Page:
1 Samuel 1:20-22,24-28 (The first reading from Cycle A may also be chosen, Sirach 3:2-6,12-14.)
Hannah dedicates her son, Samuel, to the Lord.
Psalm 84:2-3,5-6,9-10 (The psalm from Cycle A may also be chosen, Psalm 128:1-5.)
Those who dwell in the Lord's house are happy.
1 John 3:1-2,21-24 (The second reading from Cycle A may also be chosen, Colossians 3:12-21)
We are God's children now.
The boy Jesus is found in the Temple.
Background on the Gospel Reading
Today we celebrate the feast of the Holy Family. This feast is part of the Christmas season, and we should place today's Gospel in the context of what Luke's Gospel tells us about the birth of Jesus. Luke has been answering the question “Who is Jesus?” through his stories of the births of John the Baptist and Jesus. Today's Gospel reading continues this theme. It has no parallel in the other Gospels and is the conclusion of Luke's Infancy Narrative.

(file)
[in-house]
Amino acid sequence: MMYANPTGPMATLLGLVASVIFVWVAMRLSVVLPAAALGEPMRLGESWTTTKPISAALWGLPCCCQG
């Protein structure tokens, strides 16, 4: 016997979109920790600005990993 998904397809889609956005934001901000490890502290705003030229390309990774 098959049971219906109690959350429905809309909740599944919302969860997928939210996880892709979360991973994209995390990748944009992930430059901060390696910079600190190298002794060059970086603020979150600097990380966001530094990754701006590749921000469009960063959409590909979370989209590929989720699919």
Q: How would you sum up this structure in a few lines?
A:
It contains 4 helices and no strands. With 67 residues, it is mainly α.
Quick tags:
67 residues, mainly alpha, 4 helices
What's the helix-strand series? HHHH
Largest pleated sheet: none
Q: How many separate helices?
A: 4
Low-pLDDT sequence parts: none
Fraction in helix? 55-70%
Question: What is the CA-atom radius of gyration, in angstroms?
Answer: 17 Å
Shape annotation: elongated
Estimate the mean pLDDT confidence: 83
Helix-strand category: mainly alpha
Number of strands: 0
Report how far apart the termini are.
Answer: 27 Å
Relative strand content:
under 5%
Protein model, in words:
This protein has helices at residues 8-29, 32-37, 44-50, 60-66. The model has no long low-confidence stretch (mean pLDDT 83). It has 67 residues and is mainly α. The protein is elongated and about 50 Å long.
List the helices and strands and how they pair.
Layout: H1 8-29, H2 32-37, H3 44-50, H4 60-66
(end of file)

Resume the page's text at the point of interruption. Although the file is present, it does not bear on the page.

Mary, Joseph, and Jesus are presented in this Gospel as a faithful Jewish family. They are participating in the annual pilgrimage to Jerusalem for the feast of Passover, an event shared each year with family and friends. When Jesus is found, Luke describes him as seated in the Temple in the midst of the Jewish teachers. Although he is young, Jesus seems not to need teaching about his Jewish tradition. In his dialogue with these learned teachers, Jesus astounds them with his insight and understanding. Jesus is a child of Israel. His Father is God.
The dialogue between Mary and Jesus contains many references to family relationships. In fact, in this Gospel reading Mary and Joseph are never identified by name. Instead they are referred to by their relationship to Jesus. Ultimately, this emphasizes Luke's point about the identity of Jesus. When Mary and Joseph find Jesus in the Temple, they question Jesus and express their anxiety. Jesus replies in words that many have thought to be disrespectful. Jesus says that he was never lost; he was at home. Jesus is God's Son, and he is in his Father's house. Luke will continue to suggest that faith in Jesus establishes new family relationships as he describes Jesus' public ministry.
In Luke's Gospel, Mary's importance is even greater than her role as Jesus' mother. Mary is the first disciple and will be present with Jesus' disciples after his Resurrection at Pentecost.